To briefly comment on the situation itself: it's not an abnormal situation (I know people who work with similar arrangements) but it isn't a good or healthy way to work if you aren't happy with it and completely clear on the arrangement (e.g. have solid contracts in place). The long and short of it is, if you're happy with it, carry on—If you aren't, walk away.


I'm having trouble making sense of this. Is there any precedent for what he's proposing? Is my instinct correct that this isn't okay. And if so, how do I explain this to him nicely without making him angry, while backing up my position with relevant information?

First instinct that comes to mind is to ask you what your contract says. If you do not want to agree to his terms you could go elsewhere based on what you've said which I wouldn't have accepted the job though.

However, as this is one sided this reminds me very much of how a salesman gets paid. I've known several that get a flat hourly rate with the expediency of work to be performed and at the end of a quarter a payout is done and if you under performed you would technically be responsible to pay it back. I could only see this being accurate if you were paid in advance for work that you didn't complete and for legal reasons he could be doing a chargeback.

As you've stated, this is just you and the owner and if you do want to risk working for someone of this nature I would encourage you to look at all work with a fine tooth comb and in writing but based on your current situation I do not know how you could operate and overtime your designs will be effected.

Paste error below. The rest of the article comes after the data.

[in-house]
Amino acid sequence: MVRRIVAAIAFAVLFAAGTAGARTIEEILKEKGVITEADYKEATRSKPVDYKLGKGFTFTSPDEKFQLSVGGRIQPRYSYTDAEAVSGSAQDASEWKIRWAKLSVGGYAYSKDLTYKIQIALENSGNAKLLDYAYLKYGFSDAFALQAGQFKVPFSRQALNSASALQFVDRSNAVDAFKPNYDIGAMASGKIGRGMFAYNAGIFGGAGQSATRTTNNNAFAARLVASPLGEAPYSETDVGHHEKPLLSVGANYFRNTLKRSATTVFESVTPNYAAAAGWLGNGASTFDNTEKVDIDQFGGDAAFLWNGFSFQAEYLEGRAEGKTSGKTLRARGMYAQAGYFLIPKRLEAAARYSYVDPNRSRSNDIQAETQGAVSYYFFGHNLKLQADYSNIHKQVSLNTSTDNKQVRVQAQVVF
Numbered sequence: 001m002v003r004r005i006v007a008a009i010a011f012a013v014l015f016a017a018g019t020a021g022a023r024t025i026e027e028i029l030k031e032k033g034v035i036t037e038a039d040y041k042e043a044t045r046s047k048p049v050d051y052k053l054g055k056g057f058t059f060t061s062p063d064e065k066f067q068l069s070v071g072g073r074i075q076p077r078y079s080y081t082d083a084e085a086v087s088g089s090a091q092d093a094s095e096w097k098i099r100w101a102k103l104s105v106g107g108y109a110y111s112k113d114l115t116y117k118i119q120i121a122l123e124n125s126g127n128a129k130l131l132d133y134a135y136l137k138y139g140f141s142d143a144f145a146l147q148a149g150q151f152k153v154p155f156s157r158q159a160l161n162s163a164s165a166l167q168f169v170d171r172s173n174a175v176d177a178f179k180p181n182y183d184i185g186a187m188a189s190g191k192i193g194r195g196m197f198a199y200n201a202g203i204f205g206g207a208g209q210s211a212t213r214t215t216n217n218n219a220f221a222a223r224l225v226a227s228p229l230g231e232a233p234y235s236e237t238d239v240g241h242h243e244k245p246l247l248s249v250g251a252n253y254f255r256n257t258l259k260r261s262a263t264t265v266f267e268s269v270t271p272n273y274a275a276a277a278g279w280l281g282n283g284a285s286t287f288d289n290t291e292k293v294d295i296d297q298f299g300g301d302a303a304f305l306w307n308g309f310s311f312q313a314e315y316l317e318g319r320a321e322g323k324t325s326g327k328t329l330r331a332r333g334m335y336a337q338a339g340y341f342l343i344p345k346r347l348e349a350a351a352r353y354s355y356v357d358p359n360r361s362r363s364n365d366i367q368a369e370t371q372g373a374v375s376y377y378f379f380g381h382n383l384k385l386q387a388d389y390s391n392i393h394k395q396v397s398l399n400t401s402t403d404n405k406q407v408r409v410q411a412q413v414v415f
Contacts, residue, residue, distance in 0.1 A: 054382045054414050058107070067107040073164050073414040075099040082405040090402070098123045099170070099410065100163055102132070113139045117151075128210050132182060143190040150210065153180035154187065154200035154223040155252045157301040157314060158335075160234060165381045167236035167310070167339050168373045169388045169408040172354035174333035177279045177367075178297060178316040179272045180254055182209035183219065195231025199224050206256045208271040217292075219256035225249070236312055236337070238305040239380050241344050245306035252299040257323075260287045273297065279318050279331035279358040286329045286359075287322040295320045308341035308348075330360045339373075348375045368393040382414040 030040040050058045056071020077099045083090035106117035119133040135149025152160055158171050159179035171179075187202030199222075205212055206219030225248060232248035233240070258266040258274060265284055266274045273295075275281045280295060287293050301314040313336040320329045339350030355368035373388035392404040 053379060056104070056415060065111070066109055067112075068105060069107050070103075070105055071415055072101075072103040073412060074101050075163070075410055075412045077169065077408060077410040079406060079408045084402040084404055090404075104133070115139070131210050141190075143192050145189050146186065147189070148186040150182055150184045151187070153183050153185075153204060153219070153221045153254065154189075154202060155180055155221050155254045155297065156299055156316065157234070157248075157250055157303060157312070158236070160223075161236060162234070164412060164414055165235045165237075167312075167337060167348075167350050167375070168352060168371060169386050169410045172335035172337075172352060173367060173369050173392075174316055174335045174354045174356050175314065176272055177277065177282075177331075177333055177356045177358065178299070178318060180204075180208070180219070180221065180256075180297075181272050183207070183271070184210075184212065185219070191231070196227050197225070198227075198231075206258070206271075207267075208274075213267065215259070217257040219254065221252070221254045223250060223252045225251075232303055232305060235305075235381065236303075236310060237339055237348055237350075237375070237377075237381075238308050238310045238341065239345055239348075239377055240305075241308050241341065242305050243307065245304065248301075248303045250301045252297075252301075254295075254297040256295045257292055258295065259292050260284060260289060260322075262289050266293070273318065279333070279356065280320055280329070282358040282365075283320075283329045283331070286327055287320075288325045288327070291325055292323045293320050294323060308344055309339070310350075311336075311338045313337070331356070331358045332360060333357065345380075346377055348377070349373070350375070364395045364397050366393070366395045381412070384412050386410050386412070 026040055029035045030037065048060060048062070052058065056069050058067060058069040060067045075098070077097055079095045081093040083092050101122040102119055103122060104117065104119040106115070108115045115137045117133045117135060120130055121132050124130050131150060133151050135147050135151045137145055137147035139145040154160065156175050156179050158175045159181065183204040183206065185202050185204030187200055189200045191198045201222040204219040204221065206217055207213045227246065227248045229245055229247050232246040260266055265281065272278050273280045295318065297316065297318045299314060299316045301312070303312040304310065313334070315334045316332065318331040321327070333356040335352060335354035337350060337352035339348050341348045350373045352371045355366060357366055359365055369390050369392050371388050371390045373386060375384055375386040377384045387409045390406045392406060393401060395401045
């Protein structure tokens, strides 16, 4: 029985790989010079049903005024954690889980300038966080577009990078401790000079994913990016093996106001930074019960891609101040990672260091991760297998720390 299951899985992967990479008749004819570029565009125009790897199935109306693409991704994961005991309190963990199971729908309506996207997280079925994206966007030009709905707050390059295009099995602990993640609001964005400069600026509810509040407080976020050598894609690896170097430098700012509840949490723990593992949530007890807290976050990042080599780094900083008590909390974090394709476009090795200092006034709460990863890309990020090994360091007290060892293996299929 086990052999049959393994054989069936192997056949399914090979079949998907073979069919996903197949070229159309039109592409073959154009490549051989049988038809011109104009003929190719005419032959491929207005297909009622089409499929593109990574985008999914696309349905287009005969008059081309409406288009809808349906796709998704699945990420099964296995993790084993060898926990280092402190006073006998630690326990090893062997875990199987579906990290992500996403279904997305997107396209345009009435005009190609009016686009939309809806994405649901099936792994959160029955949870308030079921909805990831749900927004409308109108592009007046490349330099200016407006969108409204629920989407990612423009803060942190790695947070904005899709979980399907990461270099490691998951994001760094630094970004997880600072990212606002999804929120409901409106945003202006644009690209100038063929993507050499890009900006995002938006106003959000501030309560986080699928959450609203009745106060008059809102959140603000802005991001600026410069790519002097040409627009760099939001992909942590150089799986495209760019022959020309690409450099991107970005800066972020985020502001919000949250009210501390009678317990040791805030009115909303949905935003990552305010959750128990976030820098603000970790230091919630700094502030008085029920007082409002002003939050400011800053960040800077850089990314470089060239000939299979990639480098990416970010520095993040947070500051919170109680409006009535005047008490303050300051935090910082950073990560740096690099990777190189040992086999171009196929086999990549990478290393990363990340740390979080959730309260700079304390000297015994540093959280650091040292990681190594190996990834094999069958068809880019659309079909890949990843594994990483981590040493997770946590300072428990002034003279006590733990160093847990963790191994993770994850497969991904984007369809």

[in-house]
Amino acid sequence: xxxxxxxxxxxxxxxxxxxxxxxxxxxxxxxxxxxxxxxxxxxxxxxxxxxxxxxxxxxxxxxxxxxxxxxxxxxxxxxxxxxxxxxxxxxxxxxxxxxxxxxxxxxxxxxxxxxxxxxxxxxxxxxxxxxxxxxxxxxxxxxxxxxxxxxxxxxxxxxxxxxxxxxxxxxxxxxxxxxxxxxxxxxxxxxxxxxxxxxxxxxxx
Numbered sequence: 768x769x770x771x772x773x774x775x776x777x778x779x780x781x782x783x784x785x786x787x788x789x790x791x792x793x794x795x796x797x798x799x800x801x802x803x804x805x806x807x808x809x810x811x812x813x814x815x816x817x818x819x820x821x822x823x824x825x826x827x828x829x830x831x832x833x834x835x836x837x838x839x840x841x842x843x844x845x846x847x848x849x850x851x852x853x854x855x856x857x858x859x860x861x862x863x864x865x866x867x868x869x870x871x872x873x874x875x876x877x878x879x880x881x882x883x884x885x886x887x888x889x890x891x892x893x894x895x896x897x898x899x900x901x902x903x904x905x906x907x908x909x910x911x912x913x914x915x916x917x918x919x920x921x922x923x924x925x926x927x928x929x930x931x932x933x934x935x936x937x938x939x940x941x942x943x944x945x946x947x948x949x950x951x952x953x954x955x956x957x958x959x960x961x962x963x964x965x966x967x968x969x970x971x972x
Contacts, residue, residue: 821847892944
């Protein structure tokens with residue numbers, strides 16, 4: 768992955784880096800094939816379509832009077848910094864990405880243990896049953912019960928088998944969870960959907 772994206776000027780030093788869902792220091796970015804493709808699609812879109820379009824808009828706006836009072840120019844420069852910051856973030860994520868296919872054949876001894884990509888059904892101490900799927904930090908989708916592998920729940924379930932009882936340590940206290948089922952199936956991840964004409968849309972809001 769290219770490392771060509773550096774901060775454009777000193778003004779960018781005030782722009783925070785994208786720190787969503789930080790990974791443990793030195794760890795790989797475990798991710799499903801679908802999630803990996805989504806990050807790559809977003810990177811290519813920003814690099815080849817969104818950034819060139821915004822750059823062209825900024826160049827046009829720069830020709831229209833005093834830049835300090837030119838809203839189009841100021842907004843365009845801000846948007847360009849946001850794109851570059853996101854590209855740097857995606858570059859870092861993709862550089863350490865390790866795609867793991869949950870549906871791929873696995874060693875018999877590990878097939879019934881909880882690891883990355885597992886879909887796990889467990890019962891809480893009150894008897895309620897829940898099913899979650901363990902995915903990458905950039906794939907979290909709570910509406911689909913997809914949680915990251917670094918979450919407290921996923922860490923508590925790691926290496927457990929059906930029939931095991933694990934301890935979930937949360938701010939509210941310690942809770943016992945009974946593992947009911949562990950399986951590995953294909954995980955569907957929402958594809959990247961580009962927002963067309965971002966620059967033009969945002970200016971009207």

In regards to explaining/negotiationing it to him, I don't really think you can based on his request foremost but if you do I would look at your current pay and the legal terms stated in your region. Based on your question the only route to prevent this from happening is to look at local laws regarding pay like our Department of Labor. If you do live in the US, contact the DOL.

Also, I do not understand how you could be techincally a contractor but on hourly. Either you're declared as hourly to his company or a contractor, he has to file something at the end of the year or quarterly. In the US you would be issue, if I recall, a Form 1040. How you're declared will also be questioned by the DOL and how you should proceed but if you're not a US citizen look at your local tax laws and codes if you want to challenge this. If you do plan this route, I'd ask is it really worth it? If you don't have a non-compete I'd look for other work as to me I can see this as somewhat unethical and it almost sounds like this is a start-up.

  • I did contract work almost full time and was paid hourly from a company (USA) and I filed a 1099 at the end of the year.
    – AndrewH
    Commented Nov 15, 2016 at 19:33
  • "Explaining" is another word for negotiation. If your answer is "no" just say no. The way to save the client's feelings is by being dispassionate.
    – Yorik
    Commented Nov 15, 2016 at 19:38
  • @AndrewH I understand that, but OP stated he was "technically". You cannot be technically you either are or aren't.
    – user9447
    Commented Nov 15, 2016 at 19:45

If there is nothing in writing (signed by both parties) and no one broke any laws (damaged property), then you owe nothing. Your design services are just that; a service. If someone is not happy with your service, then that someone should stop hiring you.

But if you two are stuck with each other and you need the income under this condition (reimburse for short-comings), then you should simply triple your rate in anticipation of future loses.

Two can play at this game.